For programmers and tennis players, yes:
Attachment-related avoidance and anxiety have repeatedly been associated with poorer adjustment in various social, emotional, and behavioral domains. We examined two domains in which avoidant individuals might be better equipped than their less avoidant peers to succeed and be satisfied – professional singles tennis and computer science. These fields may reward self-reliance, independence, and the ability to work without proximal social support from loved ones. In Study 1, we followed 58 professional singles tennis players for 16 months and found that scores on attachment-related avoidance predicted a higher ranking, above and beyond the contributions of training and coping resources. In Study 2, we sampled 100 students and found that those who scored higher on avoidance were happier with their choice of computer science as a career than those who scored lower on avoidance. Results are discussed in relation to the possible adaptive functions of certain personality characteristics often viewed as undesirable.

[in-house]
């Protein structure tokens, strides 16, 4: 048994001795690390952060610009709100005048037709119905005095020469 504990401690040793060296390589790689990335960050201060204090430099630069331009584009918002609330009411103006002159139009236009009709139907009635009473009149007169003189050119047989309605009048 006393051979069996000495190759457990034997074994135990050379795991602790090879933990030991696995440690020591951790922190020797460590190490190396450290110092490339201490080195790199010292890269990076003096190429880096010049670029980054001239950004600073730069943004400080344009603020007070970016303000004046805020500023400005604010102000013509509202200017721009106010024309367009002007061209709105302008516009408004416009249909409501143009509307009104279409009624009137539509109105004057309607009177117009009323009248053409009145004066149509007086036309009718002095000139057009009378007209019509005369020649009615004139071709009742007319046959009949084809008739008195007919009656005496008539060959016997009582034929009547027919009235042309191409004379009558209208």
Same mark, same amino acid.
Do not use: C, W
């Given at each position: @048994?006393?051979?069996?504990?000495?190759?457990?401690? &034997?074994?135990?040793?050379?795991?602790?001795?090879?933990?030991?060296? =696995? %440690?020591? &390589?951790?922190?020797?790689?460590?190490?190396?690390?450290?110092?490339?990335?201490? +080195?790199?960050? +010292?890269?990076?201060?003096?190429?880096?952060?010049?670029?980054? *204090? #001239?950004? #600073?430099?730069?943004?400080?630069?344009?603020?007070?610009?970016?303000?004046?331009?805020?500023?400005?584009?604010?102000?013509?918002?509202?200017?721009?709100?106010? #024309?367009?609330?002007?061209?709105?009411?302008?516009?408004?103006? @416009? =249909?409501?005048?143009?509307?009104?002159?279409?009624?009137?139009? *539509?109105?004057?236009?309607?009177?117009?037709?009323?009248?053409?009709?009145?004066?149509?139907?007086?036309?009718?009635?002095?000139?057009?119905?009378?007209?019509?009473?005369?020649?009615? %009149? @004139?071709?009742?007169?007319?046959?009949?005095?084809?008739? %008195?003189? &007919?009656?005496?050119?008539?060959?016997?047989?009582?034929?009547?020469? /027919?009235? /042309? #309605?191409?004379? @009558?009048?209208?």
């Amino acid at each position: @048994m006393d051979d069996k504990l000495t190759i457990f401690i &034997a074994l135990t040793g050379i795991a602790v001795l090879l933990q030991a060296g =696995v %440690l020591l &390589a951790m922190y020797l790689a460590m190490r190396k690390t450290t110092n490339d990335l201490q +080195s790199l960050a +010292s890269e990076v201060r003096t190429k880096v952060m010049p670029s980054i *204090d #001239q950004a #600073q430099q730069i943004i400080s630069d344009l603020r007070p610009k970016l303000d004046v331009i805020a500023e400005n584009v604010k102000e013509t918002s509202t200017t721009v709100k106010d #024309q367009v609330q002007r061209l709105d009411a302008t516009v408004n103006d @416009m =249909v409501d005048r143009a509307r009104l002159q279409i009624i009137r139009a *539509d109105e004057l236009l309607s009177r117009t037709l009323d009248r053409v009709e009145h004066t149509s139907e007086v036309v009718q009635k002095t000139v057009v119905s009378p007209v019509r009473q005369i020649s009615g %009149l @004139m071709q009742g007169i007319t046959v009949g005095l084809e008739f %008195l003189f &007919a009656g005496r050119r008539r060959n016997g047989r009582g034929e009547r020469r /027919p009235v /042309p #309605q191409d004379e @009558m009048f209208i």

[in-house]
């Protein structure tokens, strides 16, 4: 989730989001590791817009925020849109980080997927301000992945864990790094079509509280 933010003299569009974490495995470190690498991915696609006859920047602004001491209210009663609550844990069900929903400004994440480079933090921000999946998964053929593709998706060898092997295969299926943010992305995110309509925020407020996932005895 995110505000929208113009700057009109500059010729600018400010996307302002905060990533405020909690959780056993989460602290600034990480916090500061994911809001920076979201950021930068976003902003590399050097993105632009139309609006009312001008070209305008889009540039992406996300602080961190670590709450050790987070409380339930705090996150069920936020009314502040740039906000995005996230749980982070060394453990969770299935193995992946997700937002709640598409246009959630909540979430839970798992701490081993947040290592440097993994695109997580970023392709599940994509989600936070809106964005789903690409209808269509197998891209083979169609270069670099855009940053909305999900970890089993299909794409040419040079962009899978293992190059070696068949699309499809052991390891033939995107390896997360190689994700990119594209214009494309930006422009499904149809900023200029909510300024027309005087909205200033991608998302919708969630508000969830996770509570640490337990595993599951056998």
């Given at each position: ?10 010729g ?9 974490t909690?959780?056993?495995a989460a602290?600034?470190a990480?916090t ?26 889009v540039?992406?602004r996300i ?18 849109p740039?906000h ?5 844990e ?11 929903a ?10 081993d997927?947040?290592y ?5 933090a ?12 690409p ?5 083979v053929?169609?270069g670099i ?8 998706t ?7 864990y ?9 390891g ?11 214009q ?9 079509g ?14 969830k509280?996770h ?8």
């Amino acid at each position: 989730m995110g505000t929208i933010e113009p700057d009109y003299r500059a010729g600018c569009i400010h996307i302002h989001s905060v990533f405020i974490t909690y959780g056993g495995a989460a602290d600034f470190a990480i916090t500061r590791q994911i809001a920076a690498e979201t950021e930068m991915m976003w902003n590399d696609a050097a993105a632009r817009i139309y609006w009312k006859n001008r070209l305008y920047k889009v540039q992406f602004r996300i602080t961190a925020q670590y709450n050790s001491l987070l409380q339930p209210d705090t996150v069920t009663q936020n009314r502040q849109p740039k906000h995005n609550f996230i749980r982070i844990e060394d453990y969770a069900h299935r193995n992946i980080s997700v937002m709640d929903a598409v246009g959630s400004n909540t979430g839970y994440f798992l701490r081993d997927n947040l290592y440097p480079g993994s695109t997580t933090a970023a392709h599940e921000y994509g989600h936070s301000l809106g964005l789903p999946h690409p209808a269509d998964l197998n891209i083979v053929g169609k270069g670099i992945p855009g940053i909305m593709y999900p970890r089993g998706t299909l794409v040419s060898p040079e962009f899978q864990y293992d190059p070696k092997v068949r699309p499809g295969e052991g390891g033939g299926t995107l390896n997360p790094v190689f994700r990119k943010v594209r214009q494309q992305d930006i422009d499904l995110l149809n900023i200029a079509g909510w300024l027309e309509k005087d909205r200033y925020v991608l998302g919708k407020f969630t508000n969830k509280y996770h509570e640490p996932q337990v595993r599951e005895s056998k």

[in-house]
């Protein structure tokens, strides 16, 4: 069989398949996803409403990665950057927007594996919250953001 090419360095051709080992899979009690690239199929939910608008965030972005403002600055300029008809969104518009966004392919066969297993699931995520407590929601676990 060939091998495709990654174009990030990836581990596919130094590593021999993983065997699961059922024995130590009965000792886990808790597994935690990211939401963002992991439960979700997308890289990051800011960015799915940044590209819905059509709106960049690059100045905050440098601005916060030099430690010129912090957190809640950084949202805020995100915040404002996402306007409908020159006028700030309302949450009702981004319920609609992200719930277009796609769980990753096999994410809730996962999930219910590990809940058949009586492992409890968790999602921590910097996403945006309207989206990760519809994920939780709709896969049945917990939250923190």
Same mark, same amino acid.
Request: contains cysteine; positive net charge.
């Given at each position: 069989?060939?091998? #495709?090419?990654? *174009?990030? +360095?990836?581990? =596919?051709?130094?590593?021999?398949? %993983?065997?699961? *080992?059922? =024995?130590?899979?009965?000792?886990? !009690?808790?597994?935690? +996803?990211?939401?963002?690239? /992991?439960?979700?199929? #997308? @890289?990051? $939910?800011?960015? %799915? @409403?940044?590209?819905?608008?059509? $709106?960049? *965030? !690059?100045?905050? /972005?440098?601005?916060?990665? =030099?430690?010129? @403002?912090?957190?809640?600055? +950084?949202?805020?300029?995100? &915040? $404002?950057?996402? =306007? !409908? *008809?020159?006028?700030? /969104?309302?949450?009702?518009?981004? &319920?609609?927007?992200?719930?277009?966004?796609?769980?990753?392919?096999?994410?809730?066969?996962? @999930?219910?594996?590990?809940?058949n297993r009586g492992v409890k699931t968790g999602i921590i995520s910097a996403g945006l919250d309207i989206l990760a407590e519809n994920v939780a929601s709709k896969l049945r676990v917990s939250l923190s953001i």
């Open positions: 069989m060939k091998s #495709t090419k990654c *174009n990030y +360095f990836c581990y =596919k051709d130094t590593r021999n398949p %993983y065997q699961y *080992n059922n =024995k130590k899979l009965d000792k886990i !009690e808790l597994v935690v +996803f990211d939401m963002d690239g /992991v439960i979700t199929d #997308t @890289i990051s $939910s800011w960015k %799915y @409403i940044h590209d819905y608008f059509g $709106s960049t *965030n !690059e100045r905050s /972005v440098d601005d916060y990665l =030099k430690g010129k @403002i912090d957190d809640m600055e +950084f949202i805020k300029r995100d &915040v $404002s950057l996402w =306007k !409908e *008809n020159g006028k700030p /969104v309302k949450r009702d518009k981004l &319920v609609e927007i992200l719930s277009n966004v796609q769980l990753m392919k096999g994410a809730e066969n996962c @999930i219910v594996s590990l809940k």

Source: “Standoffish Perhaps, but Successful As Well: Evidence That Avoidant Attachment Can Be Beneficial in Professional Tennis and Computer Science” from Journal of Personality
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